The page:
August 5th, 2021
Written By: Sarah Kelly, LSW, CADC
Every two years, we have the global opportunity to watch elite athletes perform on the world stage at the Olympic Games. For many, the Olympics provides an opportunity to turn away from their typical routines and stressors of life to watch a select few do what feels inhuman. The Olympic Games provide a respite from our realities, but what has become clear during the Tokyo Olympic Games is that the reality of athletes competing, particularly female athletes, is not always a celebration.
The darkness of the experience for many female athletes at this year’s Olympic Games started well before the Olympic sports. In 2018, Larry Nassar was sentenced to a maximum of 175 years in prison due to a multitude of sex crimes that were primarily perpetrated against female elite gymnasts.
Nassar was a Team USA Gymnastics lead physician and one of the survivors of his abuse is Simone Biles, arguably the best female gymnast of all time. Though Nassar was convicted and imprisoned in 2018, his crimes still impact the experiences of elite female gymnasts.
Simone Biles reported that one factor influencing her decision to withdraw from several events at this year’s games was the pressure of being a survivor of Nassar’s abuse. Biles wanted to hold the American Olympic Committee (AOC) accountable for the appropriate treatment of female athletes.
As reported by the Washington Post, the AOC continues to assert that they did not have a responsibility to keep the female American athletes safe from Nassar’s abuse. To this day, AOC still has not yet taken accountability. The pressure of perfection and advocacy impacted Biles’ mental health so significantly that she could not compete for her safety.
Unfortunately, sexual violence in the Olympic Games is not limited to Nassar. A current United States fencing team alternate, Alen Hadzic is being investigated for three reports of sexual impropriety between the years 2013 and 2015.
Instead of selecting an alternative alternate for the fencing team, Team USA chose to develop a safety plan preventing Hadzic from entering the Olympic Village and interacting with female athletes. The choice to keep Hadzic on Team USA leads many to believe that the American Olympic Committee is more concerned with winning medals than the safety of their athletes.
Gender disparities are not limited to the American team and sexual violence. Another issue that these games have brought to light is the attire that female athletes are required to wear.
Before the Tokyo Olympic Games, Norway’s women’s handball team was fined $1750 for choosing to wear athletic shorts instead of bikini bottoms. When asked why the fine was imposed, the International Handball Federation (IHF) stated, “All efforts will be taken to promote the sport further. This includes the ideal presentation of the sport and, by that, includes the outfit of the players."
Presumably, this statement reflects that the IHF believes that for the sport to have success with viewership and participation, female athletes must wear bikini bottoms. These expectations do not extend to male players who are allowed to wear loose-fitting shorts so long as they are no longer than 4 inches above their knees.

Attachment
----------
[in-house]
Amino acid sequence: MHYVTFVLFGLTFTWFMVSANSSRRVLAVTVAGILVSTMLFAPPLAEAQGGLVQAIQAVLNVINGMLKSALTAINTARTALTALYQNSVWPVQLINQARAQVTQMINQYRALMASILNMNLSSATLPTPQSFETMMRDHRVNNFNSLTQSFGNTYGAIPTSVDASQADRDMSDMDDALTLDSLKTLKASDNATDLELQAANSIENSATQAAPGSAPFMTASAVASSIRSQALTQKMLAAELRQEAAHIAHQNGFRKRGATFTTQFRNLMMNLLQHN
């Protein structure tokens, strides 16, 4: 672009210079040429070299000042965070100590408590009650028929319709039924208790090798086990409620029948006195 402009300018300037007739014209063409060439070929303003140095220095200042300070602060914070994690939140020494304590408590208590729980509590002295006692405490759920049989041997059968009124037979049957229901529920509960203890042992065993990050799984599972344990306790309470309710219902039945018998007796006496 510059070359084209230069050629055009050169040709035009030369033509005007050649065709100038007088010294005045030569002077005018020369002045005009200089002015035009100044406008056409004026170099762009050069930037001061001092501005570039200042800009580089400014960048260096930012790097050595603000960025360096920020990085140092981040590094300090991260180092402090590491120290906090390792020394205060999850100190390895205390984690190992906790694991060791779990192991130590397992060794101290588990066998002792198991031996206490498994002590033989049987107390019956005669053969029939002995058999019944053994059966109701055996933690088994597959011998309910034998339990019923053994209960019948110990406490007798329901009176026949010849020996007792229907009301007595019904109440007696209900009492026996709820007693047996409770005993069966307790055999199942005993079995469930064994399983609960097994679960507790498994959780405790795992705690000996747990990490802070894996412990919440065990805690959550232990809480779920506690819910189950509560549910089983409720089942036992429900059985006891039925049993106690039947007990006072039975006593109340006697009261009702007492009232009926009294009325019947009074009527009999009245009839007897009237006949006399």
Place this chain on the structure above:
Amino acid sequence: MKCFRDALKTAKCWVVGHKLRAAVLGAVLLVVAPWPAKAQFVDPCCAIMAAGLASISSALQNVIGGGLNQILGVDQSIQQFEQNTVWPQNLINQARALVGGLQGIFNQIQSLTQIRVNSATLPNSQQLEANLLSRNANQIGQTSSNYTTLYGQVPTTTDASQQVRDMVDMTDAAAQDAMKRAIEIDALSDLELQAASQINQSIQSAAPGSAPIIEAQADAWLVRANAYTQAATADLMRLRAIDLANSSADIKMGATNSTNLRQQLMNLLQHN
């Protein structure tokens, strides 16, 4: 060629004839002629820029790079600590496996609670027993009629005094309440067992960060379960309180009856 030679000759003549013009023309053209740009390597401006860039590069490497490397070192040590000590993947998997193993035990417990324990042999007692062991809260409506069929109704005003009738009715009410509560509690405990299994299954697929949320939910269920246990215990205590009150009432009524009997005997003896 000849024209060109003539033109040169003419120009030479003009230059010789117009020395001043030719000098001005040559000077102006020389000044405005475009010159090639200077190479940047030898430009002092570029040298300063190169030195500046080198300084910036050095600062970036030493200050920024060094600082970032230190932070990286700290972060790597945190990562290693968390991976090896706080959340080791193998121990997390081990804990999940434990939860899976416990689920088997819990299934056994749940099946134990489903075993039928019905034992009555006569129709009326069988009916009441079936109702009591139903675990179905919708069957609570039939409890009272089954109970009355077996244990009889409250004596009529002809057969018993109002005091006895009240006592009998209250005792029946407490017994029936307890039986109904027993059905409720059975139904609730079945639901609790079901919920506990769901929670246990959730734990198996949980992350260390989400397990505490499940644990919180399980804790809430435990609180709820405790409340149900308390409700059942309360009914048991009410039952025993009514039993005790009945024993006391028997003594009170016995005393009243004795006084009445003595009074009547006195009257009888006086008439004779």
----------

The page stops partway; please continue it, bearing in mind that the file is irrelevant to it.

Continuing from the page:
Athletic attire can influence performance, but in the case of handball, it is clear that the expectations of women are rooted in sexism and not outcomes.
The female German gymnastics team is making their statement regarding sexism and attire with their unitards at the Tokyo Olympic Games. Historically, the traditional attire for elite female gymnasts is a leotard that cuts high on the athlete’s hips.
Representatives from the German team have stated that the athletes opted to wear unitards to desexualize their performances and empower female athletes to wear what makes them feel most confident. Though unitards are allowed for competition, it is only recently that athletes have chosen to compete in them as opposed to leotards.
While the message regarding desexualizing women in gymnastics has been present throughout media presentation of the Olympic Games, it seems as if that has become the center of the story for the German Gymnastics Team; not their performance. This relates to the overall media portrayal of female athletes at the Olympics.
In 2016, the media faced significant backlash as the portrayal of female athletes’ bodies was often sexualized. Additionally, female athletes were discussed primarily as wives and mothers and were negatively compared to their male counterparts.
At the Tokyo Games, there have been efforts to change how female athletes are portrayed in the media. The International Olympic Committee is promoting, “Sports appeal, not sex appeal” to inform the framing of female athletes in the media. This promotion provides hope that there is room to change in a more equitable direction for women in sport.
Other glimmers of hope include New Zealand’s Laurel Hummel as the first openly transwoman to compete in the Olympic Games in powerlifting. In addition, 49% of the athletes competing in this year’s games are women, a 5% increase from the 2016 Olympic Games.
These improvements are valuable, but not enough for equity for female athletes in elite sports. The advocacy regarding the experience of women in sport must continue.
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